A project is a temporary attempt to change in some way or other than the present. A project is distinguished from belligerent activity or contingent activity. Since we all do definite things in our lives, we can say that you don’t create a project, but you undertake one. However, a project is not a unit of time, even though it seems so. At the start of one project the objectives may be spelled out perfectly in view of chances of later modification, and the objectives may be modified along with the process, outlined on a PRINCE2 Practitioner course and training.
Projects can’t be planned or expected, but they cannot be avoided. A project is an attempt to create an end state. The plan is a minimally acceptable turn-key solution that is either completed in stages in the same way or in some other way.
Projects are intended to mean different things to different people. Some projects can be straightforward affairs – it’s often quite possible to restructure existing circumstances, organize new resources, or get secondary or tertiary work done at less expense. Other projects which might not be straightforward and easy take the form of projects in time· and monies budgets, e.g., building a stepped approach to a building.
In most cases, the initial director almost always has a team to assist him or her, for example, a director being the project manager (though the project manager would probably handle the smaller-scale projects). There are two fundamental types of projects, projects in time and projects in money, though the larger if they are to be successful, must be a mix of the two. All the projects must be appropriately resourced, as defined by the project budget. In every project, individual supplies or materials are managed according to the approved budgets. Project budgets take on the double function of cost control and expenditure by organizing the right program.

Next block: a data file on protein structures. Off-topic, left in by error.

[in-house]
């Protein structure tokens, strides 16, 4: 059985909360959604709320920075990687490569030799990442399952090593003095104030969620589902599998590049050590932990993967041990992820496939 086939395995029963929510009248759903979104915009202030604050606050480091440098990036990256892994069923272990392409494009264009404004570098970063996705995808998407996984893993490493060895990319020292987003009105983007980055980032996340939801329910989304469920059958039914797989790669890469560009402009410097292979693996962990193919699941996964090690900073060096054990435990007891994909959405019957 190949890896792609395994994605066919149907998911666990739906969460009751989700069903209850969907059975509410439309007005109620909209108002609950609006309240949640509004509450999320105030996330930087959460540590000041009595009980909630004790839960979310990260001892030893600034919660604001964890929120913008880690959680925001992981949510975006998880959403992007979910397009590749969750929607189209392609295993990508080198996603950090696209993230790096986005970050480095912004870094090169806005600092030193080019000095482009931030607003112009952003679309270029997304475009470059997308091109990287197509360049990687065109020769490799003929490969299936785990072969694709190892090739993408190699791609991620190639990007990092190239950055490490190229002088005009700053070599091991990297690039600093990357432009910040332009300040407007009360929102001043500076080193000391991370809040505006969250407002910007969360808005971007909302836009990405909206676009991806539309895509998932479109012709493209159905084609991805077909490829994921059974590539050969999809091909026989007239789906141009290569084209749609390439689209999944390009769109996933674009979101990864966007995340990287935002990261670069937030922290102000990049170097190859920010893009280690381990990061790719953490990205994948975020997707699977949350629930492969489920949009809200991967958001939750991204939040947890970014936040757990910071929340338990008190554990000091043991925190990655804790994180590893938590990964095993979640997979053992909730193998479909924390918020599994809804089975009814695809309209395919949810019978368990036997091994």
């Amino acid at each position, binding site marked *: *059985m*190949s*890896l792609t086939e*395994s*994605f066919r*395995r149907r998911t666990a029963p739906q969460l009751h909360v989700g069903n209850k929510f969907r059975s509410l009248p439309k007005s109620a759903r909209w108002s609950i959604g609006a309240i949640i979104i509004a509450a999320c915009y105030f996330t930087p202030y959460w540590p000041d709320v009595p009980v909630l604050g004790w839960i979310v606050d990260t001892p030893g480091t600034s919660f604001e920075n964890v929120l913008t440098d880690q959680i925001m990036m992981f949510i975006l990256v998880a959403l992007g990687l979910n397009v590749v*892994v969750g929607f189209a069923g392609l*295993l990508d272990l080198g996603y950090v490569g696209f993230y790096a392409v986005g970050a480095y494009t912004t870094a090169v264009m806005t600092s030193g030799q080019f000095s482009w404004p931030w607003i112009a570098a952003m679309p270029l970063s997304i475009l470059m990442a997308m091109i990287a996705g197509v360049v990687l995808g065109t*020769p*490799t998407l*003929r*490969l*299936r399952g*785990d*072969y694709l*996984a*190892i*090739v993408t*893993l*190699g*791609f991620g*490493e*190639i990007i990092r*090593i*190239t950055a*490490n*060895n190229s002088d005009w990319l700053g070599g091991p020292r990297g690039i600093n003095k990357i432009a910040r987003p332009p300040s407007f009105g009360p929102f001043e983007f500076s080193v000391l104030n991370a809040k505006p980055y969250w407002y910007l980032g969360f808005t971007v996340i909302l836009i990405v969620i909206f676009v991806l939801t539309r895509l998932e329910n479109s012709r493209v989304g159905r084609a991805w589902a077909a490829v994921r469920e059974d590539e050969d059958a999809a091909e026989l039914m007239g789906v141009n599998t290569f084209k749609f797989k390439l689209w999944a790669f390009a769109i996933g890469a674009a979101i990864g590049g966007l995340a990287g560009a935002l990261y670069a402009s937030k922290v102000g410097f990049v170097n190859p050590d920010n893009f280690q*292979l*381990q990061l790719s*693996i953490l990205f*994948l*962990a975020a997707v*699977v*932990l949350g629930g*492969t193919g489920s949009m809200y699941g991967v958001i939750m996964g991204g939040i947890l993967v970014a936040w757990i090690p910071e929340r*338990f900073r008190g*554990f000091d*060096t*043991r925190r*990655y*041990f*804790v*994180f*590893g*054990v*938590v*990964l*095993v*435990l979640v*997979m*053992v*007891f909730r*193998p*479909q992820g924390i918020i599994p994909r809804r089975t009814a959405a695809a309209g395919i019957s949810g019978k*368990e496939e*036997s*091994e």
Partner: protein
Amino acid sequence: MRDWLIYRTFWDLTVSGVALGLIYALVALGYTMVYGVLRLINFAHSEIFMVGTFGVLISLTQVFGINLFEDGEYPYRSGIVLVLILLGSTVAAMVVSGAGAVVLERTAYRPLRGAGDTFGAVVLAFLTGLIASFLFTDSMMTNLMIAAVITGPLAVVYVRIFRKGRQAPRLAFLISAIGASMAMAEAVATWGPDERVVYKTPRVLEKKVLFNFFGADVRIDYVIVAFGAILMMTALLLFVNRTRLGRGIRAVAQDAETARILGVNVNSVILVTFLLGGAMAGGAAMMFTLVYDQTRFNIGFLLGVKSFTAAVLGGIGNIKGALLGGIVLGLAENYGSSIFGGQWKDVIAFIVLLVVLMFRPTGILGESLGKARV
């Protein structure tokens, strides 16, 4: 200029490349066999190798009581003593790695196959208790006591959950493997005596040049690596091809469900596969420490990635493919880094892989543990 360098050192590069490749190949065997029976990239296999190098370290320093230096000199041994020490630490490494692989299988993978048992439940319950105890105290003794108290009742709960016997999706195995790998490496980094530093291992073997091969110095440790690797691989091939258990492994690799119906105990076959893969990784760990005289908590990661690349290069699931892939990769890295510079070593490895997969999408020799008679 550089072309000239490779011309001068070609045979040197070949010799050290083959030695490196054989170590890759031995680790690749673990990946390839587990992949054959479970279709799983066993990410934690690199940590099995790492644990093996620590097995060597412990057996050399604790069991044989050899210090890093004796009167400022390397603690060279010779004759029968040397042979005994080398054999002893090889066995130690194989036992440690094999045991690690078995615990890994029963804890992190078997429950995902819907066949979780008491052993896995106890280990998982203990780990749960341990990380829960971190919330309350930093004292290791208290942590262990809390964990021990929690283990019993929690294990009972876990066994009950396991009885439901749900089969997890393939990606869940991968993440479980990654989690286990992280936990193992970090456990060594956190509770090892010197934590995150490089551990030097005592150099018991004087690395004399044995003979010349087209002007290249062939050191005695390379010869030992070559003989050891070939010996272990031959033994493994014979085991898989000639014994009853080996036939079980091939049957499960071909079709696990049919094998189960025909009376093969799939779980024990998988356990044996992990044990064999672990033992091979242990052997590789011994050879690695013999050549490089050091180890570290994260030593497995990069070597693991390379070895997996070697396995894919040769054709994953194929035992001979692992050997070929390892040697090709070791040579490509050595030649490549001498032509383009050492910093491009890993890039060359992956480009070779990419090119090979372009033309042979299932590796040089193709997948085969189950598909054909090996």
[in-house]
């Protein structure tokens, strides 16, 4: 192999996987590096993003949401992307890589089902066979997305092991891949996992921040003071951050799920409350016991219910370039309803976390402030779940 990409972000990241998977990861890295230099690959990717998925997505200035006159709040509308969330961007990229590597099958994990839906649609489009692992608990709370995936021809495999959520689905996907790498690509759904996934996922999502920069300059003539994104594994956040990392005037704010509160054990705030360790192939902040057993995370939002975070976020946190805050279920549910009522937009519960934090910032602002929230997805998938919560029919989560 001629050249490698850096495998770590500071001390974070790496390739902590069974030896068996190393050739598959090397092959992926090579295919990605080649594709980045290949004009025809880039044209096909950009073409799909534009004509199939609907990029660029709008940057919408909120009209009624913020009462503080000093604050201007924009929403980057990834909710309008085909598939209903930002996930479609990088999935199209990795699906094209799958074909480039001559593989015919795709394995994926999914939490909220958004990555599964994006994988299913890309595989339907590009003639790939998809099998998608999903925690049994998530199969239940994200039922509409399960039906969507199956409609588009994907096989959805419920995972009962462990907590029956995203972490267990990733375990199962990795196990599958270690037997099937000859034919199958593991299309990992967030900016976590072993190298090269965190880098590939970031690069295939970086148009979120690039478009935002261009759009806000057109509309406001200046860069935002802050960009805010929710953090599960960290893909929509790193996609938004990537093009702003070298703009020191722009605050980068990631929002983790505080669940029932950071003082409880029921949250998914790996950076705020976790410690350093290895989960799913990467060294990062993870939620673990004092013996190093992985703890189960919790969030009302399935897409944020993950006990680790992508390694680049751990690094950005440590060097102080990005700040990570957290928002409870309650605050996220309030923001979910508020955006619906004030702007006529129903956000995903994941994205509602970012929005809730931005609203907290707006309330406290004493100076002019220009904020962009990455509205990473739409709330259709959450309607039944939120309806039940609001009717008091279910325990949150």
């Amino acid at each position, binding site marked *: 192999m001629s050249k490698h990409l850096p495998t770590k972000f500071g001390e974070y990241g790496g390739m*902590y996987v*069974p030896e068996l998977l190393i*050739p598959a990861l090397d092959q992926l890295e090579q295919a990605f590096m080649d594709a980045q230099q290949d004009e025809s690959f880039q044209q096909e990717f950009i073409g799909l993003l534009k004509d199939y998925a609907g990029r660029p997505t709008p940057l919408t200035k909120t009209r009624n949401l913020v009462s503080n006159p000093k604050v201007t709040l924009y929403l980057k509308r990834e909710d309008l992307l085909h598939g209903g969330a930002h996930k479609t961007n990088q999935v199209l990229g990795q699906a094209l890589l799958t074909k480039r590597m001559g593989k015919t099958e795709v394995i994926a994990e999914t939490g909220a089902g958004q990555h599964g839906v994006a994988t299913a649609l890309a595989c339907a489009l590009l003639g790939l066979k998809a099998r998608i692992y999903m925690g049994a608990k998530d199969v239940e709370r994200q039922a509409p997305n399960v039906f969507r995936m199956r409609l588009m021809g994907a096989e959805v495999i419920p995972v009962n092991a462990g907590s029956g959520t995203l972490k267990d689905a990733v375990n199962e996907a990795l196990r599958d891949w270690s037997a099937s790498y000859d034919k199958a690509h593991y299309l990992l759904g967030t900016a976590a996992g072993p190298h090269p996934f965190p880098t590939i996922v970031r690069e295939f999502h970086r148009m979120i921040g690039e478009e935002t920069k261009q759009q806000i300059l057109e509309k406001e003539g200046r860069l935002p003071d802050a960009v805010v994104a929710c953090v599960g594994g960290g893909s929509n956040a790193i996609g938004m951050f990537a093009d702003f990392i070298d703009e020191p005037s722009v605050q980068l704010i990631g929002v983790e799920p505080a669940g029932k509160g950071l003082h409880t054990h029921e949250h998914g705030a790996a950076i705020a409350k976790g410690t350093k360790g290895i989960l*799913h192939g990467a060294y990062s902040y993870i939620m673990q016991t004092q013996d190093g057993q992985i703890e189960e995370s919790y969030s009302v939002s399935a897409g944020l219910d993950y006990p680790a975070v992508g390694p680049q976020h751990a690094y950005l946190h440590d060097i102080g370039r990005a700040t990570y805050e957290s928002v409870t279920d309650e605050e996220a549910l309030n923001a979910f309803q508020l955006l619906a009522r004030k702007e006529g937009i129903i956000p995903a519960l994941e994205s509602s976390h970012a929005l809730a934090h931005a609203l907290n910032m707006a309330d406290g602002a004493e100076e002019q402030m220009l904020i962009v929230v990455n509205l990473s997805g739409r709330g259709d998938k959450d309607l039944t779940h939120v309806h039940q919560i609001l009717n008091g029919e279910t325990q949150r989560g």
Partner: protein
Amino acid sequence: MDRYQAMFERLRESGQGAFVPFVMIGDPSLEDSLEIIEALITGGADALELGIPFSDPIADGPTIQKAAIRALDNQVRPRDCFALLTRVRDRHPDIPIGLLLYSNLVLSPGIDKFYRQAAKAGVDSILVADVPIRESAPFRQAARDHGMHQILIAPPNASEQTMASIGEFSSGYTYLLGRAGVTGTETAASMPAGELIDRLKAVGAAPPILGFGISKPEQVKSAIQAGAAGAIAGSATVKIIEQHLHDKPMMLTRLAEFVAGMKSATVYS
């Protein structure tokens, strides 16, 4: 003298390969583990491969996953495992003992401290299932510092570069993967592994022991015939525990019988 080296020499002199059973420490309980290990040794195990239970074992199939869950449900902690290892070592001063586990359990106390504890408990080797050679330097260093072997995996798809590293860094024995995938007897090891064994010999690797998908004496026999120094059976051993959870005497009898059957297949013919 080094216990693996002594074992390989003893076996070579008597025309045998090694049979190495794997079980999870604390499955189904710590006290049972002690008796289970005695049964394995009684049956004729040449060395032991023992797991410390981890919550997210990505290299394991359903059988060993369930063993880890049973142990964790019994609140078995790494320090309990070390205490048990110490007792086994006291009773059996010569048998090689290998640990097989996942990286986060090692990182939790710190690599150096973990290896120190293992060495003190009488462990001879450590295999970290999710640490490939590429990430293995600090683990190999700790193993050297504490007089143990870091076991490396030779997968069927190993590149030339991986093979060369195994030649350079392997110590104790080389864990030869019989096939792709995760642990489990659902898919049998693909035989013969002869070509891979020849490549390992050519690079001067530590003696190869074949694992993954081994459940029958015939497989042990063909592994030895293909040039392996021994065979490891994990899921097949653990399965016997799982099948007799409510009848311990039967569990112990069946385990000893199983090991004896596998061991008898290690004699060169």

Projects can and do, of course, change the project environment very much. The scope of the project and the goals to be achieved need to be known up-front. The budgets need to be set both in terms of cost and, more significantly, in terms of value. The values can be measured in terms of quality, defect reduction, teamwork, or financial improvements. If there is a realistic possibility of achieving these goals, then the project financials will support this. If the project is to introduce, for example, a new method of work, or to carry out a recent activity in terms of the capacity of the team, then these must be fundamental values. If the actual value cannot be achieved, the project remains waste.
Projects can either be thought of as enterprises or be thought of as a portfolio of enterprises. A portfolio is something you show as the final output of an enterprise with any degree of success in the future. Efforts spine, resources, and cross-activity are resources in the portfolio but are not entirely under the control of the portfolio itself. There is always a margin of safety, provided the decision-making environment is firm and clear to all concerned.
In a portfolio, projects have to be defined, staffed, and funded. According to a mutually agreed plan, these would have to be undertaken based on a minimum of the Lessons of Experience. When projects are carried out according to a plan with priorities, scope, and time-lines set, the most significant risks are known. Plans need to be provided by the enterprise as part of the plan. When plans are well thought out and acre by the enterprise, they are always run on a timetable with tentative components audited regularly.
Projects have a particular field of play in them. For example, in the initial conception of a project, there might be a technology or a recognizable process known to others in the enterprise space. For example, specialized teams come together to form a development team (which may be suppliers), and there might be similar groups on the ground (if the enterprise is an international project team). The academic sector forms a community of contractors in high-risk projects. Planned civilization needs to embrace collaboration.